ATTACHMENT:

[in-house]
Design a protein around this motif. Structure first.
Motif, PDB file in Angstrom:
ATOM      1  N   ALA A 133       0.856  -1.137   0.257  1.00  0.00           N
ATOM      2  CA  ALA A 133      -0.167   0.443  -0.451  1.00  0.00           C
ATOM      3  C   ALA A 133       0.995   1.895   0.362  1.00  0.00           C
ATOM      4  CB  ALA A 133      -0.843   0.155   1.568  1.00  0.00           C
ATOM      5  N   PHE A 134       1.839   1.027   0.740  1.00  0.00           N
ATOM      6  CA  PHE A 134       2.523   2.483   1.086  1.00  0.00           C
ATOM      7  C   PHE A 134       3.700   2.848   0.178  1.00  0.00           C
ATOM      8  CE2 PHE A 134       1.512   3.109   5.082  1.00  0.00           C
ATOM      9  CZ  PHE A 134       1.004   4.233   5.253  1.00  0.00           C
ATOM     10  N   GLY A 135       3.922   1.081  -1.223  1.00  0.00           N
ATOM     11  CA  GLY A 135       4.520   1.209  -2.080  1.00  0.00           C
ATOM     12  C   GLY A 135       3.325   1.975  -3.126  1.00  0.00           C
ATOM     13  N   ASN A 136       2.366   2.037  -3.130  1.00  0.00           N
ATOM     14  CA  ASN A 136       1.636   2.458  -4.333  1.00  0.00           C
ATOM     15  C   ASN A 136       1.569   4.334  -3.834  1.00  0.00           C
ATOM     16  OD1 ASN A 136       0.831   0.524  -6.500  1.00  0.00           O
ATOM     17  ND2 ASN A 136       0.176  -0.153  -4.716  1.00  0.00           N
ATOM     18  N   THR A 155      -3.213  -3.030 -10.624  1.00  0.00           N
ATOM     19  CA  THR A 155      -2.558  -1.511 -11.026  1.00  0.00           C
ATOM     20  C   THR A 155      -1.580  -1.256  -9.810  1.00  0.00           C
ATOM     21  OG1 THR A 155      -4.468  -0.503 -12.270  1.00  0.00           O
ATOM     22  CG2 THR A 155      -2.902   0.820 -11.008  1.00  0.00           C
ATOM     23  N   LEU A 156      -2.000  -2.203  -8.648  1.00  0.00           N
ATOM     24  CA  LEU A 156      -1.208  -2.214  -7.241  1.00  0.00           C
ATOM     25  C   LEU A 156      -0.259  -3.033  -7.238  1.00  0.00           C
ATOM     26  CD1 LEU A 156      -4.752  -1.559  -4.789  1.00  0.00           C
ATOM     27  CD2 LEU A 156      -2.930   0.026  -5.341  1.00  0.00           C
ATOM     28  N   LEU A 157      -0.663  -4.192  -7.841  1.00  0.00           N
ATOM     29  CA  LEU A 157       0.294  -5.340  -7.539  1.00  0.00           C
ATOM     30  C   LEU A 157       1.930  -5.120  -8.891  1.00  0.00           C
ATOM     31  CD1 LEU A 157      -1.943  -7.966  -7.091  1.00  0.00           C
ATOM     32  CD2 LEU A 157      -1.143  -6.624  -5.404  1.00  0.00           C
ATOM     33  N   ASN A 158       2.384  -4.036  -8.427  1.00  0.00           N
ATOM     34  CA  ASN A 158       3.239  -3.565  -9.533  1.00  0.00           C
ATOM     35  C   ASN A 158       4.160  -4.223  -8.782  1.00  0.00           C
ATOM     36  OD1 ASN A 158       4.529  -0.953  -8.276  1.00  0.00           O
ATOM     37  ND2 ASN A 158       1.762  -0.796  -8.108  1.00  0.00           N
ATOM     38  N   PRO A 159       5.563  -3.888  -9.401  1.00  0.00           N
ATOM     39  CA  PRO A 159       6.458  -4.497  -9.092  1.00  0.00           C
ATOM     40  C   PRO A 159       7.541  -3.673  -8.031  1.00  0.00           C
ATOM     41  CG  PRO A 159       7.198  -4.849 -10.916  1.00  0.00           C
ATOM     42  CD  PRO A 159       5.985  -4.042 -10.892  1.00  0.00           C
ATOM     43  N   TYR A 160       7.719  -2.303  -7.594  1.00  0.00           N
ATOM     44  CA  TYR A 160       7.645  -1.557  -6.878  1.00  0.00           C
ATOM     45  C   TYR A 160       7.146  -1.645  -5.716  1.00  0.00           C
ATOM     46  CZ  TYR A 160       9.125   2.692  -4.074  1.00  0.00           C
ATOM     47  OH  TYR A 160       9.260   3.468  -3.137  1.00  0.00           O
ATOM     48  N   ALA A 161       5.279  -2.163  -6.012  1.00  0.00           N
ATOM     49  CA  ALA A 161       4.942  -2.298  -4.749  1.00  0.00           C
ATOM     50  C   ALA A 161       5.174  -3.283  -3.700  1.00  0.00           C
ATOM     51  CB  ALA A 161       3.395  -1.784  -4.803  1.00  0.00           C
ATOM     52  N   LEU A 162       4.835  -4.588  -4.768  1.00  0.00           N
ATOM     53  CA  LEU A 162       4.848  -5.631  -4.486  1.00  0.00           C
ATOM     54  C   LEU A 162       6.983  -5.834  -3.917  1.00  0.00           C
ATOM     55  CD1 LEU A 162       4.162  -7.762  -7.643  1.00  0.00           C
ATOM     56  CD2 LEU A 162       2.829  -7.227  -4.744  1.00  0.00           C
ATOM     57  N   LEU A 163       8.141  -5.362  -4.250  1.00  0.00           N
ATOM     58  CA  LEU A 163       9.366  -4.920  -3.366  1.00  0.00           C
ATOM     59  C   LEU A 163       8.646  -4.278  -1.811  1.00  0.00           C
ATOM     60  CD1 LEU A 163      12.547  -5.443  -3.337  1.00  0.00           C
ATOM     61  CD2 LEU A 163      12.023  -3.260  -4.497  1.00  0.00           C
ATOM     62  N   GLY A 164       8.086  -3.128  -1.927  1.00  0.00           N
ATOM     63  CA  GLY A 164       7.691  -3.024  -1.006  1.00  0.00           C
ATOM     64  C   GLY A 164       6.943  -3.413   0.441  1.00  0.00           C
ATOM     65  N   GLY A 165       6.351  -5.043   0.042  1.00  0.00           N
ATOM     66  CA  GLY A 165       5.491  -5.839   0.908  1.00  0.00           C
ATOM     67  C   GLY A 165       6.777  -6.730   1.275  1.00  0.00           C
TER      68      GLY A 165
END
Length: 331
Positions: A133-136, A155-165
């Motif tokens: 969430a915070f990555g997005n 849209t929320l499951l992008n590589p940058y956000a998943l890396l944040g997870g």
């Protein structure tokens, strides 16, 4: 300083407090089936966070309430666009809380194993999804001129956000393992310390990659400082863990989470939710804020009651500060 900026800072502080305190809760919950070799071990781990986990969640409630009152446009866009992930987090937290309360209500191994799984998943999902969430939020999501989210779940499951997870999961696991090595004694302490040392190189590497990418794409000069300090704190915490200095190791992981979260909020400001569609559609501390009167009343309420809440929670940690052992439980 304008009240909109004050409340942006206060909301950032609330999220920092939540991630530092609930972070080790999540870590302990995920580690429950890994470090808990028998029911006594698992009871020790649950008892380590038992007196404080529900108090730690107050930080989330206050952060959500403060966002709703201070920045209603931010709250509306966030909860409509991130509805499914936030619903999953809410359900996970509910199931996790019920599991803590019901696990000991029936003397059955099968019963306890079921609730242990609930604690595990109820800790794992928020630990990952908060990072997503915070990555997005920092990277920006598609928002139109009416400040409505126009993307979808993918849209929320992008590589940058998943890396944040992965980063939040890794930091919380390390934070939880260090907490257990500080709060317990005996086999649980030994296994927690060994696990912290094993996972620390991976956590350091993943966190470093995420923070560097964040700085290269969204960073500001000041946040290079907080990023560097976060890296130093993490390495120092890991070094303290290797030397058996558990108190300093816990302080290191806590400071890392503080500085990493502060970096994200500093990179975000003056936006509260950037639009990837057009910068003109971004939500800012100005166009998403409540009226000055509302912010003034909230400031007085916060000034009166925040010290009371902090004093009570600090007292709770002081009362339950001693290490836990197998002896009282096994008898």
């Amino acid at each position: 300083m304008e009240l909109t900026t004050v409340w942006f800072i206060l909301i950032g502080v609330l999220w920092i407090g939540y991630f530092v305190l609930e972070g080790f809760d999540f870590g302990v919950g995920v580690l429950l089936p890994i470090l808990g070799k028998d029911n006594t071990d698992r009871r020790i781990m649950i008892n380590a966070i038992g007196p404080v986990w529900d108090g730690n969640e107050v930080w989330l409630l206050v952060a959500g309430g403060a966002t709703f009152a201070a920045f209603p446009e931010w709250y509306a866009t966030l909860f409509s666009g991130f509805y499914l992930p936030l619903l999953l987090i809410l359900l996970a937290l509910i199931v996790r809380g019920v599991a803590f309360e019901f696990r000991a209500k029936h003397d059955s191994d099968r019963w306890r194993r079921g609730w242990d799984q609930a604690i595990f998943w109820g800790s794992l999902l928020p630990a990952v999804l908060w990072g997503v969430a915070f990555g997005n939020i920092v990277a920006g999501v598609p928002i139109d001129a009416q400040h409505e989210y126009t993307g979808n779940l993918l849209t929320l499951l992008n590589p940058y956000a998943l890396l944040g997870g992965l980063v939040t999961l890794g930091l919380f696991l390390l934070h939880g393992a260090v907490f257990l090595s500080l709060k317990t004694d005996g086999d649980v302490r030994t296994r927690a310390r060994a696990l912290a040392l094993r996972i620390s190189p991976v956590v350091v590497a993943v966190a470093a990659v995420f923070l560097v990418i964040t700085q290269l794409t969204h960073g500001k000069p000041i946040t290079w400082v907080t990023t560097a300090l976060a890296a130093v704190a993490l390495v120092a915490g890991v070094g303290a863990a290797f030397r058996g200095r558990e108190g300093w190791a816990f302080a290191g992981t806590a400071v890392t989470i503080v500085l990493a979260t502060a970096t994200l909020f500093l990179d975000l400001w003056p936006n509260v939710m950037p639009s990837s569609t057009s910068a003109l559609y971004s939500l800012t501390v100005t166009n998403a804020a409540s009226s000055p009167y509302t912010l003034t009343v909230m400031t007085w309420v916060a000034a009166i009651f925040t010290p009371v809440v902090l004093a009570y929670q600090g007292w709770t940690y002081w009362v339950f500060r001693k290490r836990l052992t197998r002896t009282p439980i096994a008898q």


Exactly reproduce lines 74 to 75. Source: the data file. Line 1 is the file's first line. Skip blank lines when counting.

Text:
Positions: A133-136, A155-165
């Motif tokens: 969430a915070f990555g997005n 849209t929320l499951l992008n590589p940058y956000a998943l890396l944040g997870g």